I lived a beautiful life free of worry or sorrow until the age of fourteen, when both my mother and father died. Then, I had nowhere to go except my Aunt Helga’s. Her name explains her perfectly. Aunty was strict and old-fashioned. She was an old maid and her rigid lifestyle made me a prisoner to her. I am not a weak character, but there are some people whom you cannot contradict, no matter who you are.
That was the way it was with Aunt Helga. She was not unkind to me; she was just very stern.
I lived with my aunt for four years. In all of those years nothing marked one day from another: Saturday housework, Sunday church, and the few weekly engagements and visits. Otherwise I was at home with Aunt.
In those years, I could see no way to escape from where I was. I probably would have lived with my Aunt Helga forever, sheltered and ignorant of the world, my aunt constantly nagging me.
“Clara child, why put your hair like that? How I do hate these new fashions! And, for heaven’s sake, do not sign your name Aster.”
“Clara! Never let me catch you wearing red again!”
“Clara. When you dust the dining room, make quite sure you remove the runner before you dust the table. And do put on an apron.”
And it went on and on. Indeed nothing would have changed had it not been for Martha Hayward and her brother, Thomas.
Martha and I were naturally drawn to each other even though we were completely different. Martha was not particularly beautiful. Her blond hair clashed with her deep brown eyes, just as my bright blue shadowy eyes and dark hair made my face look pale and thin. Martha was large. I was small. She was buoyant and happy. I was rather mysterious. Perhaps that was what was so appealing to Martha, but also to Tom, her brother.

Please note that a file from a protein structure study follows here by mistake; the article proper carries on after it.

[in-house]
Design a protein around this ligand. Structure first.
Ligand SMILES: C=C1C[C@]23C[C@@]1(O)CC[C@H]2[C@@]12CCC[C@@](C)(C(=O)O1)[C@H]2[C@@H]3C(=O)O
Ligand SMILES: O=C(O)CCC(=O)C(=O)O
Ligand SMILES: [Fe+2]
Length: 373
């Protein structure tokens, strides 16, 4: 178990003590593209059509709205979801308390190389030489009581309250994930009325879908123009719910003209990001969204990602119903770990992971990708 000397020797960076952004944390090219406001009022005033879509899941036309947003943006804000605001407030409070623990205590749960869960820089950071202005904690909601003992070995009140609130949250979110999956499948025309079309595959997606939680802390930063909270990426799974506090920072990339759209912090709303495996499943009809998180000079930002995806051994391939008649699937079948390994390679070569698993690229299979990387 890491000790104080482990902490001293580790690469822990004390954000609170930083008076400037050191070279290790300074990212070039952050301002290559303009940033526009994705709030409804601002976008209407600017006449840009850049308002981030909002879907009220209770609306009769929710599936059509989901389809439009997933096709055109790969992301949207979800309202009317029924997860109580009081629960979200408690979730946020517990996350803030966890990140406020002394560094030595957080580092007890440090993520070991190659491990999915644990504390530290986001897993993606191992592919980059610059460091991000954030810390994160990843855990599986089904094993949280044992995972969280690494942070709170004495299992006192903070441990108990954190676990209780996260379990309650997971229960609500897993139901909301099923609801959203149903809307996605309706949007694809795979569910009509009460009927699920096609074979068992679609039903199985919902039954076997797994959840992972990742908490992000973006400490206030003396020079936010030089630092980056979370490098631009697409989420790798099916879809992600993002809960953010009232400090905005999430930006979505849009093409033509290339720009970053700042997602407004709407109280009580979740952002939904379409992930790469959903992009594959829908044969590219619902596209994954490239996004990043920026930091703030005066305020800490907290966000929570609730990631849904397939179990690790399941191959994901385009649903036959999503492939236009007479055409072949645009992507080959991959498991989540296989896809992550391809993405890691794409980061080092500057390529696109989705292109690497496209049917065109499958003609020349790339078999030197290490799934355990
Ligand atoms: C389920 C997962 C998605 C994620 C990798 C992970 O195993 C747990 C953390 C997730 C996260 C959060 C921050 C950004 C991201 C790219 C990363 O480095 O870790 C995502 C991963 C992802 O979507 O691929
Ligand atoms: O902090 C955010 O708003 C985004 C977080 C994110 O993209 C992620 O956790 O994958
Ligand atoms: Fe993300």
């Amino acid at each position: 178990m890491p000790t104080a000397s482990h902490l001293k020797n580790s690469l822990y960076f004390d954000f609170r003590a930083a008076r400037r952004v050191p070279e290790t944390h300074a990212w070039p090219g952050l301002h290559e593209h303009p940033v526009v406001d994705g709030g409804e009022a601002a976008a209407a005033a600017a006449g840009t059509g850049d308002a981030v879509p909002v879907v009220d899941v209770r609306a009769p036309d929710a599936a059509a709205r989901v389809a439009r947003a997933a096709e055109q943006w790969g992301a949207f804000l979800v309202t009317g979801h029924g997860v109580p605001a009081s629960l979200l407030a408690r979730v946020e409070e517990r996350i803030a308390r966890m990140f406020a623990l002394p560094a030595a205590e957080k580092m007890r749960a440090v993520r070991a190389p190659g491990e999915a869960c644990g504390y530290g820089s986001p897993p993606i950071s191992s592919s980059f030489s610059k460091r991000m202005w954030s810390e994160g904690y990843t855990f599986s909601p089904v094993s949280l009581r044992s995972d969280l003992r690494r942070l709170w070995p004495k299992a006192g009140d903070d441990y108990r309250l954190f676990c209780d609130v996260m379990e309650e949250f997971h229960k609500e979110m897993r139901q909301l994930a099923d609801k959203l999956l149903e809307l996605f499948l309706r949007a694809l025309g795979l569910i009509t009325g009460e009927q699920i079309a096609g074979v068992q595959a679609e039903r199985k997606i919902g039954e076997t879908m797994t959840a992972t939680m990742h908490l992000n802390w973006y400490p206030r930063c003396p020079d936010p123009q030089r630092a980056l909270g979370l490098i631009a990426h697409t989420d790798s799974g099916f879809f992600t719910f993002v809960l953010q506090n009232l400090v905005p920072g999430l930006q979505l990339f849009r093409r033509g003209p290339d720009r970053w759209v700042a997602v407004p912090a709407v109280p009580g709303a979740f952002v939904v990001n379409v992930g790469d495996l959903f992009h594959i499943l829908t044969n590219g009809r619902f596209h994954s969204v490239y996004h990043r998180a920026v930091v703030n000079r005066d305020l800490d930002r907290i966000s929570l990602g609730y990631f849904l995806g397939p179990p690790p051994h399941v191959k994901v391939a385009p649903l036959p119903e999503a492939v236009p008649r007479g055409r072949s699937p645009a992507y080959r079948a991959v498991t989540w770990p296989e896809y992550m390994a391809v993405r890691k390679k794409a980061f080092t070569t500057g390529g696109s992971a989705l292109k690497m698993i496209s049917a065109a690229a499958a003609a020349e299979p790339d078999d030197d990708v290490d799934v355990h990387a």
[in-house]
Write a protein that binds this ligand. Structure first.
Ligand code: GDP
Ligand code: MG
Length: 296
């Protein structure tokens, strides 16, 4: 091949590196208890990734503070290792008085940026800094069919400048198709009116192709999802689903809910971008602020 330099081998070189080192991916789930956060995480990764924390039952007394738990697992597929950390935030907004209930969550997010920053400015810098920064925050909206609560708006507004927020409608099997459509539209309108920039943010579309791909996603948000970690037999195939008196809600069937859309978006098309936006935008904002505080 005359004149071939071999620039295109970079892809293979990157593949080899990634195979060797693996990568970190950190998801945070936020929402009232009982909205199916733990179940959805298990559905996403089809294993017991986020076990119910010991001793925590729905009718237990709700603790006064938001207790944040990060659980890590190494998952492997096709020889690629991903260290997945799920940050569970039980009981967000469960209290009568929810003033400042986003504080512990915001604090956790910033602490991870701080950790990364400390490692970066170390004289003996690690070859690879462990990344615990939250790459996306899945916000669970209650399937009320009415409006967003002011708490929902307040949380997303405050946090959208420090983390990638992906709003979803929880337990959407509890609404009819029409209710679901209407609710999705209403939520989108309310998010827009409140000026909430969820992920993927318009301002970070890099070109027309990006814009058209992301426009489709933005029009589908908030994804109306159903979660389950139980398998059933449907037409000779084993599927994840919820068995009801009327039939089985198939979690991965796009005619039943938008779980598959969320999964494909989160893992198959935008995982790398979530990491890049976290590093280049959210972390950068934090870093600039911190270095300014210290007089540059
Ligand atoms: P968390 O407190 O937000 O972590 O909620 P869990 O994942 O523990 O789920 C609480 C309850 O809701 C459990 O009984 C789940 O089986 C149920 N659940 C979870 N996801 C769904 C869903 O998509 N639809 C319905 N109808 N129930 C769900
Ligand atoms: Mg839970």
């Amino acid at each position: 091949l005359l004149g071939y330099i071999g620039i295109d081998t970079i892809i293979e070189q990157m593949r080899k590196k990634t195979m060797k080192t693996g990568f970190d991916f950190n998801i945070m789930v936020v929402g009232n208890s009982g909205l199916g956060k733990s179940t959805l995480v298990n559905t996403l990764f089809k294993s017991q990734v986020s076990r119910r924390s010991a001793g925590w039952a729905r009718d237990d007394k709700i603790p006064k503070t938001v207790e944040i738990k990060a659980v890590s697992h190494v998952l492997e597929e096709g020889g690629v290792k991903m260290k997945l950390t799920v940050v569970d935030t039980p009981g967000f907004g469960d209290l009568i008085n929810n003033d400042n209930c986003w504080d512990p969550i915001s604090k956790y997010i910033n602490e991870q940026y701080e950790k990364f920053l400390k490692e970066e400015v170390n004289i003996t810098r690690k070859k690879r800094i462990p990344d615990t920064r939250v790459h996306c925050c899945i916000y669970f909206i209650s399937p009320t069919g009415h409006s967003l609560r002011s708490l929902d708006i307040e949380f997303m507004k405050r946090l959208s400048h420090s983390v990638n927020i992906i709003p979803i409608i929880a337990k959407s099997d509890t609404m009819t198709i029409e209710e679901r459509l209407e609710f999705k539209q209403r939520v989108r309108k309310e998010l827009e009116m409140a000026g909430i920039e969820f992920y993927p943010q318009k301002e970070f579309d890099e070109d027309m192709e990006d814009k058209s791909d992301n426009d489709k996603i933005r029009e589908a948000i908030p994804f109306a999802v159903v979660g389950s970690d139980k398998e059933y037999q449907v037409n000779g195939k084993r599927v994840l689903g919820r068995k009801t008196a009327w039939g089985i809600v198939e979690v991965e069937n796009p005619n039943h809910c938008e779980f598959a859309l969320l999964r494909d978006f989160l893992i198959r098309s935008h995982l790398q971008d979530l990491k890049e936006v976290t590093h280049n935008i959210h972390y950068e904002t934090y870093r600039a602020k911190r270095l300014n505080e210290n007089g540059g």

I liked Tom as much as Martha. Luckily I could see both of them often. Aunt Helga, upon their arrival, found gossipy, fretful Mrs. Hayward almost as interesting as I found Tom and Martha.
Their visits improved my spirits a good deal. It was evident to me that Aunt liked all of them, for at breakfast one morning she said to me, “Do you like the Haywards, Clara?”
“Why, yes, I do. I like them very much,” I said. “Do you?”
“Yes, I have to say I do. Even though they are only Haywards. One must give allowances for name, Clara. Go change the flowers in the tea room. Then go to the post office for me, and on the way back pick up half a yard of blue silk and one foot of green ribbon. I cannot bear to think Mrs. Hayward has the new ribbon and I do not!”
Of course this was not very much praise for the Haywards. But that my Aunt would think of anybody but herself was remarkable for her, or that anybody other than herself was worth talking about.
* * *
One blustery fall morning found me sitting in front of the parlor window, absently watching the asters swaying in their bed. Asters are my favorite flowers, and I often wear them in my hair. Also, when my father was alive and we lived in the country, he used to call me Aster when I wore purple. So I love them dearly.
The parlor door opened behind me. I took no notice of this. Probably it was Aunt Helga. A hand gently touched my shoulder. I looked up. It was Tom.
“Clara,” he said, “I have brought you some flowers,” revealing a purple cluster.
“Oh! Tom, how did you know I love asters so much? I never told you. Did you know I was thinking about them?”
“I have ways of finding out,” said he, loftily looking at the ceiling.
“Don’t joke, Tom. How did you know?”
“Are they your favorite?” he asked, looking well pleased. “I really didn’t know that; I just thought you would like them.”
“I do, very much,” I said.
“Well, hope you think the same about their giver.”
He was not teasing, I saw. And he added, “You will think so by and by, won’t you, Clara?” And perhaps I will.